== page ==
NIGERIA. Boko Haram: between negotiation and capitulation

It has been published in the newspapers recently that the Federal Government of Nigeria has accepted most of the proposals of the committee set up to proffer solutions to the current Boko Haram insurgency.

Our people say that a deaf man does not require telling that a war is at hand. Boko Haram has indeed demonstrated its seriousness by the intensity and sophistication of their campaign of terror, maiming and murder of innocent citizens. They have successfully attacked police stations, banks, churches, market places, Kano city, the UN and some government establishments. And more attacks are in the offing.

The committee observed, among other things, that poverty, youth unemployment, illiteracy, existence of militias funded by politicians, among other factors, are responsible for the rise of Boko Haram especially in the North Eastern part of the country.

Strangely enough, these factors are not alien to other parts of the country. I know a couple of youths in Delta State who graduated 5 years ago and have never earned a dime from employment of any kind.

What is perhaps more puzzling is the recommendation of this committee for the Federal Government to begin negotiations with the terrorist group.  The question I asked myself after reading this report was: negotiate with whom, and on what basis?

For verily negotiations can only happen after the leaders and members of the ‘other camp’ have been identified. In the case of Boko Haram, no one is sure about the identity of their leaders or members. They have been elusive.

Furthermore, negotiations may be possible if the demands or objectives of the opposing party are declared.  One of the objectives of Boko Haram is to destroy the foundation of western education in Nigeria à la Taliban. They have also not hidden their desire to Islamise Nigeria from the Sahara to the Atlantic Ocean.

Nigeria sharply contrasts with other climes where acts of terrorism have become rooted. In Iraq, and Afghanistan for example, the resort to car and suicide bombings have been a reaction to foreign occupation of these lands. But who is occupying Nigeria? Answer: Nobody.

One can thus infer that the Boko Haram uprising has a lot to do with internal contradictions within the Nigerian polity. In other words, there is a political dimension to this menace.

One recalls that shortly after Good luck Jonathan won his party’s nomination, some prominent politicians of Northern extraction who would not accept the outcome of this nomination began to threaten fire and brimstone. And shortly after Jonathan won the elections, all hell broke loose.

Is Boko Haram not indirectly acting out the political script which has been written by disgruntled politicians?

A few weeks into this uprising, some political elements who appear to represent a sectional agenda began to advise that the Federal Government of Nigeria begin negotiations with the insurgent group.

Some of them have argued, rather tamely, that if the Federal Government considered it expedient to negotiate with the militants in the Niger Delta, they should also negotiate with Boko Haram. What is good for the goose should also be good for the gander!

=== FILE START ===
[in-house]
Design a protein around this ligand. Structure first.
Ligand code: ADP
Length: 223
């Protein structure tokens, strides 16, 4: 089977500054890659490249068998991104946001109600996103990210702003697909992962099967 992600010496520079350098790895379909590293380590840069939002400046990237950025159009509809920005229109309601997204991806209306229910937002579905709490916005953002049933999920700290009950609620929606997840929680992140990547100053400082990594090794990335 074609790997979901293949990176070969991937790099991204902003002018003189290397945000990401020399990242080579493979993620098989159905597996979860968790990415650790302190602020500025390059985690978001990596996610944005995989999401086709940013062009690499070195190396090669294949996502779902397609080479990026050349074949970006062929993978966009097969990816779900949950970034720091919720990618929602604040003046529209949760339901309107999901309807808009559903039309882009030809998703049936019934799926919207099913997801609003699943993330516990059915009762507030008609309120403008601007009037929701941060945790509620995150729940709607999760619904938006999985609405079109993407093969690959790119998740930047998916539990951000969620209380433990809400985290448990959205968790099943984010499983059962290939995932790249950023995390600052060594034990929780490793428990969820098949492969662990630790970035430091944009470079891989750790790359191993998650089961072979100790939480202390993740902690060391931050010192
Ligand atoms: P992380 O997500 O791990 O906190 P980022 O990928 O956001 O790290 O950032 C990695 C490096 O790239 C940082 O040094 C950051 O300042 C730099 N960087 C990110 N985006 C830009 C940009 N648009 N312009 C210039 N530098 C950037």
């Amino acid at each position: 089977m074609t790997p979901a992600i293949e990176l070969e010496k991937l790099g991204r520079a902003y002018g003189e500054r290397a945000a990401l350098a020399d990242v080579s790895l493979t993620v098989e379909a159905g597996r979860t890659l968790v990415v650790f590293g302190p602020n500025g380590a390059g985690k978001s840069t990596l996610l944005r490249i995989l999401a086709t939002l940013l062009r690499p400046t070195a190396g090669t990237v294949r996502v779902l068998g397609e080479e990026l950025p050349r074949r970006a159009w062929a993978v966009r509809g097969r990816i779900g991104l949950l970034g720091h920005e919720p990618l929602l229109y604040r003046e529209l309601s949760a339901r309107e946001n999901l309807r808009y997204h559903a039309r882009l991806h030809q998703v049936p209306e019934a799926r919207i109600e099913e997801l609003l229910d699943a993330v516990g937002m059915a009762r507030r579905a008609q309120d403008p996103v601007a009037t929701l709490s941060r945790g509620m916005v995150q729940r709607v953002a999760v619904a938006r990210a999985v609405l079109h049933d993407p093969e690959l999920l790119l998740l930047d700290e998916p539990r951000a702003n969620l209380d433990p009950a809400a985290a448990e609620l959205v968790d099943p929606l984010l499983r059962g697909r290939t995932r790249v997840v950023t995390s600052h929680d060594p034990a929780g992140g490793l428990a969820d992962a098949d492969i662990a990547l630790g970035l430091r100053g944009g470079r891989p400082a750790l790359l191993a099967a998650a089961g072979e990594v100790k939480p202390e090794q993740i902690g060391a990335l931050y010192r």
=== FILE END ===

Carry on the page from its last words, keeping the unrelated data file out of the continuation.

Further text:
I posit that fundamentally, the Niger Delta militancy is different from the Bok Haram menace.  Firstly, the Niger Delta militants were well known in the corridors of power, and secondly, they were able to articulate convincingly the economic reasons behind their rebellion.

I have been able to peruse the provisions of the Nigeria Constitution and my attention has been drawn to the Fundamental Objectives and Directive Principles of State Policy. The operative words and phrases include: sovereignty, security, welfare, diversity, promotion of national integration, promotion of education etc.

In the light of the above it is fairly obvious to an informed observer that the objectives of Boko Haram are at variance with the fundamental objectives of the Nigerian State.

So on what basis is this negotiation? Is the Nigerian Government being encouraged to negotiate away the sovereignty of Nigeria? Or to agree to the idea that education (western education) is no longer relevant? Or to agree that there is no longer strength in our diversity, a diversity that finds expression in religious tolerance?

A state is what it is by virtue of its capacity to repel every threat to its existence. This is achieved by means of the instruments of violence over which it has a monopoly. Therefore, my contention is that the Nigerian state must assert its sovereignty over the entire Nigeria in an overwhelming fashion. The time to do this is now!

The State of Israel has demonstrated that a state can overcome the irritations of suicide bombings. The USA has also demonstrated that terrorists can be tracked down and their infrastructure dismantled. Turkey has been successful in containing the PKK uprising.

Nigeria must learn from the experience of these nations and develop a capacity to deal with threats posed by the likes of Boko Haram.

The Federal Government of Nigeria has a hard decision to make in the weeks ahead.

My view in this write-up is that any decision to negotiate with Boko Haram is, in every sense, a capitulation. A surrender of our national sovereignty!  That is the reason why I am troubled that the Federal Government has prematurely ‘accepted’ most of the recommendations of the white paper submitted by this committee.

The consequence of this ‘acceptance’ and potential negotiation is that any group of young men equipped with a dozen AK47, will be encouraged to take up arms against our nation, in the knowledge that the Government will eventually agree to negotiate and give in to their demands. May Nigeria live long!

Boko Haram: between negotiation and capitulation


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